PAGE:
Curveship originated when I was working on my dissertation at the University of Pennsylvania with the help and support of my advisors, Mitch Marcus and Gerald Prince, and my committee members, Aravind Joshi, Mark Liberman, Fernando Pereira, and Marie-Laure Ryan. I continued to develop the system that was called "nn" in my dissertation and in some articles and books under its new name, "Curveship."

Almost a decade before I started programming the system, I began reading about narratology and considering its application in computing as I was working on my masters at MIT under the supervision of my advisor, Justine Cassell, and Glorianna Davenport and Janet Murray.

In the past few years, MIT, and specifically the Insitute's School of Humanities, Arts, and Social Sciences, supported the development of Curveship along with other academic work of mine by allowing me to focus on my research during my Junior Faculty Research Leave and Old Dominion Leave.

Discussions with and encouragement from members of the interactive fiction community have been invaluable, both those I've had online, on ifMUD, and the ones that happened in person during meetings of the People's Republic of Interactive Fiction.

I'm grateful that Rafael Pérez y Pérez collaborated with me on a Curveship project and Pablo Gervás, Inderjeet Mani, and Noah Wardrip-Fruin have written about the system in books and articles. I also thank those who invited me to speak about the system prior to release at the UC Santa Cruz EIS Lab, the Tufts Department of Computer Science, the Workshop on Situated Understanding of Intention at Penn, the NAACL HLT Workshop on Computational Approaches to Linguistic Creativity, the MIT Hyperstudio, and the University of Florida Conference on Games and Digital Media. Thanks also to the Electronic Literature Organization and HASTAC, whose conferences included presentations of mine about Curveship, and to two AAAI events where I presented about the system, the Intelligent Narrative Technologies symposium and the Computational Aesthetics workshops. Norman Ramsey, in addition to inviting me to present at a colloquium at Tufts, also hosted an extremely useful day-long discussion of the system there, in which Eddie Aftandilian and Brad Larsen also participated.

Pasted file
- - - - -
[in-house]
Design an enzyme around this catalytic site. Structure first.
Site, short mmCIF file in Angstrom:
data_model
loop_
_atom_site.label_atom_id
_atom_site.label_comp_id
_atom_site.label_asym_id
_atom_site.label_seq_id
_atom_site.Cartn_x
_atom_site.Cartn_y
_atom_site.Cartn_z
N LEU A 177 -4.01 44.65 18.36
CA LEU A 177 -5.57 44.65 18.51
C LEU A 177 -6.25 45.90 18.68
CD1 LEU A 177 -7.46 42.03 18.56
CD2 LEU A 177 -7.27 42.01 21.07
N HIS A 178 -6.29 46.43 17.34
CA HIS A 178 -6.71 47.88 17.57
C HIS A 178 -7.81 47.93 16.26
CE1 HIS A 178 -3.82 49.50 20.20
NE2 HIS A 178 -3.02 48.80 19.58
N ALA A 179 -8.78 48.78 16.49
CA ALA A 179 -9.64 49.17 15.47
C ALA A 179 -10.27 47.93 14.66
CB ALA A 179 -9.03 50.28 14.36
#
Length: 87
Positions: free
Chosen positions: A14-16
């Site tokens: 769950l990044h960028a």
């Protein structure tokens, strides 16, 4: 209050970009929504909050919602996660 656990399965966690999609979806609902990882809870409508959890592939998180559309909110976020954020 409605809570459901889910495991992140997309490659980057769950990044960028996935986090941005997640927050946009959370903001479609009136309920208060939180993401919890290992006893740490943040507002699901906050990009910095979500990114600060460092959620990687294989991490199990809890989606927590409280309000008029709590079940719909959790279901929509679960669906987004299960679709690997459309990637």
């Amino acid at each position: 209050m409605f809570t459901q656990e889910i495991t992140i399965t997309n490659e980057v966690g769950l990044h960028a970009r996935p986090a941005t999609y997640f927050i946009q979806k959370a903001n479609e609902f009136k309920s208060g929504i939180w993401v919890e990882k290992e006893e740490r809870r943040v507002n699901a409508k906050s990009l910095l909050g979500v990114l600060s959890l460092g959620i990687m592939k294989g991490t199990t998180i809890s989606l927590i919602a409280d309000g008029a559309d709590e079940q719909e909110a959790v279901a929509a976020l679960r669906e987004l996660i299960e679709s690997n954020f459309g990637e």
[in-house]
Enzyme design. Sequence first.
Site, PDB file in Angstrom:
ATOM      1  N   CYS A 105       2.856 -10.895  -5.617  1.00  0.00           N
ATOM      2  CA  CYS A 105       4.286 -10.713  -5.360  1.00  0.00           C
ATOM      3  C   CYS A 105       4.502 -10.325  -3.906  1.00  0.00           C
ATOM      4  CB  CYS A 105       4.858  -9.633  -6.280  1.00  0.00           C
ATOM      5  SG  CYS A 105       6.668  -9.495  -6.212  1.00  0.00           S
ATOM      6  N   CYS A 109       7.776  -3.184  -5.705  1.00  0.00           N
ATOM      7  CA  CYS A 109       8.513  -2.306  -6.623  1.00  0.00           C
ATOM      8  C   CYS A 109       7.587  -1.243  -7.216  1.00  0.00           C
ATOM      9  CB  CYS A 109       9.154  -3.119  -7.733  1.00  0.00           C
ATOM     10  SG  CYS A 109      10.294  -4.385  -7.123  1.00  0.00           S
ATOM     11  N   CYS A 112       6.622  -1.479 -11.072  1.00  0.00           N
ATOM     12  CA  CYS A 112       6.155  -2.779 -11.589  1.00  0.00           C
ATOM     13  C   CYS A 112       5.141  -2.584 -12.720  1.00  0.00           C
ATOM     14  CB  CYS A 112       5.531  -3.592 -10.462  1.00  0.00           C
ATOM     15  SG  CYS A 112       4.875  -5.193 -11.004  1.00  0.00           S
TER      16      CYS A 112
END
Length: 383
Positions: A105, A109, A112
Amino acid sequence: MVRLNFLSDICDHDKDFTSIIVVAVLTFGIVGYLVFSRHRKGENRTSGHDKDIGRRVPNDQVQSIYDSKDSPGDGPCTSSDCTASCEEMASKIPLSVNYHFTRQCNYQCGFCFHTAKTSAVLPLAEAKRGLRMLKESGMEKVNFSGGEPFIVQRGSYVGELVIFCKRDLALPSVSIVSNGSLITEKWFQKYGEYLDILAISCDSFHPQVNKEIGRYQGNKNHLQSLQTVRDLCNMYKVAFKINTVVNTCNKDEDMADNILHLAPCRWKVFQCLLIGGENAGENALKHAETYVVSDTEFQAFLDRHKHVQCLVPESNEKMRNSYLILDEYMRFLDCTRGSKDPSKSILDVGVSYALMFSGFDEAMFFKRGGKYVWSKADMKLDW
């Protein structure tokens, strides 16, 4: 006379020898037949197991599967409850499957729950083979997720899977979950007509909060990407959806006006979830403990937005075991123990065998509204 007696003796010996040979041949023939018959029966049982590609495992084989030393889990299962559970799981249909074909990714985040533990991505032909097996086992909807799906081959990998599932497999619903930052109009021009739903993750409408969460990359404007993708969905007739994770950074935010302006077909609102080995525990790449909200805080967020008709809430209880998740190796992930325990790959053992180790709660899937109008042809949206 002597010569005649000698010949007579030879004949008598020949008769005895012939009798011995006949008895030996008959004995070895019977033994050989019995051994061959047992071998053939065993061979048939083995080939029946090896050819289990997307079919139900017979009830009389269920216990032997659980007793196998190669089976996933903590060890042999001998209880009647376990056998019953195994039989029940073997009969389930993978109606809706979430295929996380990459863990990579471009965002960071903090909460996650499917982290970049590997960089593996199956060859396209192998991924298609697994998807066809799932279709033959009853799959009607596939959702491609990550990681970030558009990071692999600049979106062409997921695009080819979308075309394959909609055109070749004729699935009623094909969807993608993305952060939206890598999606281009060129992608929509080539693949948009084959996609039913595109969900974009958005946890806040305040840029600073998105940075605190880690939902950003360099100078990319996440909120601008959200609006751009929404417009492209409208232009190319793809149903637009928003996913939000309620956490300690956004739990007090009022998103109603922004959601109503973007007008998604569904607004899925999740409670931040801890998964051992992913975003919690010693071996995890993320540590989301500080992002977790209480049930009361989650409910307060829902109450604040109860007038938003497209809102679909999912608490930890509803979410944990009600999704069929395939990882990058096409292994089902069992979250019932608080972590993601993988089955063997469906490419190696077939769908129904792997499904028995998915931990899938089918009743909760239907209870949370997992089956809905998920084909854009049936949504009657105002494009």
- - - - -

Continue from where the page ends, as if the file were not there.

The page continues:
Since October, 2009, pre-release versions of the system have been provided to a group of researchers, IF authors, and programmers; I appreciate that several have helped me as I have developed the system since then, including Malcolm Ryan and Max Battcher. On November 7, 2010 I hosted a Curveship Codefest at MIT at the suggestion of Fox Harrell. My thanks to the attendees: Amaranth Borsuk, Andrew Plotkin, Angela Chang, Brad Bouse, Doug Orleans, Jake Eakle, Jason McIntosh, Kevin Jackson-Mead, Luis Blackaller, Flourish Klink, Fox Harrell, and Ralph Lombreglia.

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